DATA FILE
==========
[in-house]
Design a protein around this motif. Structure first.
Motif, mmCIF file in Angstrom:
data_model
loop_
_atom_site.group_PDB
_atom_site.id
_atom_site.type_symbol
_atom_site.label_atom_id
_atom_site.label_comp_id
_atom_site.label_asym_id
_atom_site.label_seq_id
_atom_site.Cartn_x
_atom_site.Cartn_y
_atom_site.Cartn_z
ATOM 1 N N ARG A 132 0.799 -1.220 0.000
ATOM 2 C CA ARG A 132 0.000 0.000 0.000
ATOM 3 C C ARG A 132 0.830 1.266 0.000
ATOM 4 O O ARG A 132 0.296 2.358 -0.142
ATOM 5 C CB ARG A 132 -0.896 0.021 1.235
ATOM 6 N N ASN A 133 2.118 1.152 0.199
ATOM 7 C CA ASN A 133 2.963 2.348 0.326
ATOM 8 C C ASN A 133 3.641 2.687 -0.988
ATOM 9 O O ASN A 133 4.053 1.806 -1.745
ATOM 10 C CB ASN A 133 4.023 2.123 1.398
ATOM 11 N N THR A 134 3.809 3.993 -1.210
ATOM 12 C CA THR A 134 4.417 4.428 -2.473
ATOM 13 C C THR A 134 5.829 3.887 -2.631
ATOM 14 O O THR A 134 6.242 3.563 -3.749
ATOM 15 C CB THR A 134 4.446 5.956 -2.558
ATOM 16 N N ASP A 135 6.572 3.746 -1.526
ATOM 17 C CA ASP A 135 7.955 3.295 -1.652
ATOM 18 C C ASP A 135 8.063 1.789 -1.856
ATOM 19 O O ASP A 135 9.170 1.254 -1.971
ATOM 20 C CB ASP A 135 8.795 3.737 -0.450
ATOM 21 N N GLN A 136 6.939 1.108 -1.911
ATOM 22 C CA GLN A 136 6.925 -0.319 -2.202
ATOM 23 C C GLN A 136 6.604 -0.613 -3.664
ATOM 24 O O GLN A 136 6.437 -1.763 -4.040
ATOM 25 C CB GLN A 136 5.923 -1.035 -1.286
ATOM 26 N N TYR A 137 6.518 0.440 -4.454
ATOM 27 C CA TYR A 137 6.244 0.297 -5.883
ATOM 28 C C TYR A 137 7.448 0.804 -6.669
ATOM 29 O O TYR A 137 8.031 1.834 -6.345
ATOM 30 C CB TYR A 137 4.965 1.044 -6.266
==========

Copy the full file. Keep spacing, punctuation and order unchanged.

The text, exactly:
[in-house]
Design a protein around this motif. Structure first.
Motif, mmCIF file in Angstrom:
data_model
loop_
_atom_site.group_PDB
_atom_site.id
_atom_site.type_symbol
_atom_site.label_atom_id
_atom_site.label_comp_id
_atom_site.label_asym_id
_atom_site.label_seq_id
_atom_site.Cartn_x
_atom_site.Cartn_y
_atom_site.Cartn_z
ATOM 1 N N ARG A 132 0.799 -1.220 0.000
ATOM 2 C CA ARG A 132 0.000 0.000 0.000
ATOM 3 C C ARG A 132 0.830 1.266 0.000
ATOM 4 O O ARG A 132 0.296 2.358 -0.142
ATOM 5 C CB ARG A 132 -0.896 0.021 1.235
ATOM 6 N N ASN A 133 2.118 1.152 0.199
ATOM 7 C CA ASN A 133 2.963 2.348 0.326
ATOM 8 C C ASN A 133 3.641 2.687 -0.988
ATOM 9 O O ASN A 133 4.053 1.806 -1.745
ATOM 10 C CB ASN A 133 4.023 2.123 1.398
ATOM 11 N N THR A 134 3.809 3.993 -1.210
ATOM 12 C CA THR A 134 4.417 4.428 -2.473
ATOM 13 C C THR A 134 5.829 3.887 -2.631
ATOM 14 O O THR A 134 6.242 3.563 -3.749
ATOM 15 C CB THR A 134 4.446 5.956 -2.558
ATOM 16 N N ASP A 135 6.572 3.746 -1.526
ATOM 17 C CA ASP A 135 7.955 3.295 -1.652
ATOM 18 C C ASP A 135 8.063 1.789 -1.856
ATOM 19 O O ASP A 135 9.170 1.254 -1.971
ATOM 20 C CB ASP A 135 8.795 3.737 -0.450
ATOM 21 N N GLN A 136 6.939 1.108 -1.911
ATOM 22 C CA GLN A 136 6.925 -0.319 -2.202
ATOM 23 C C GLN A 136 6.604 -0.613 -3.664
ATOM 24 O O GLN A 136 6.437 -1.763 -4.040
ATOM 25 C CB GLN A 136 5.923 -1.035 -1.286
ATOM 26 N N TYR A 137 6.518 0.440 -4.454
ATOM 27 C CA TYR A 137 6.244 0.297 -5.883
ATOM 28 C C TYR A 137 7.448 0.804 -6.669
ATOM 29 O O TYR A 137 8.031 1.834 -6.345
ATOM 30 C CB TYR A 137 4.965 1.044 -6.266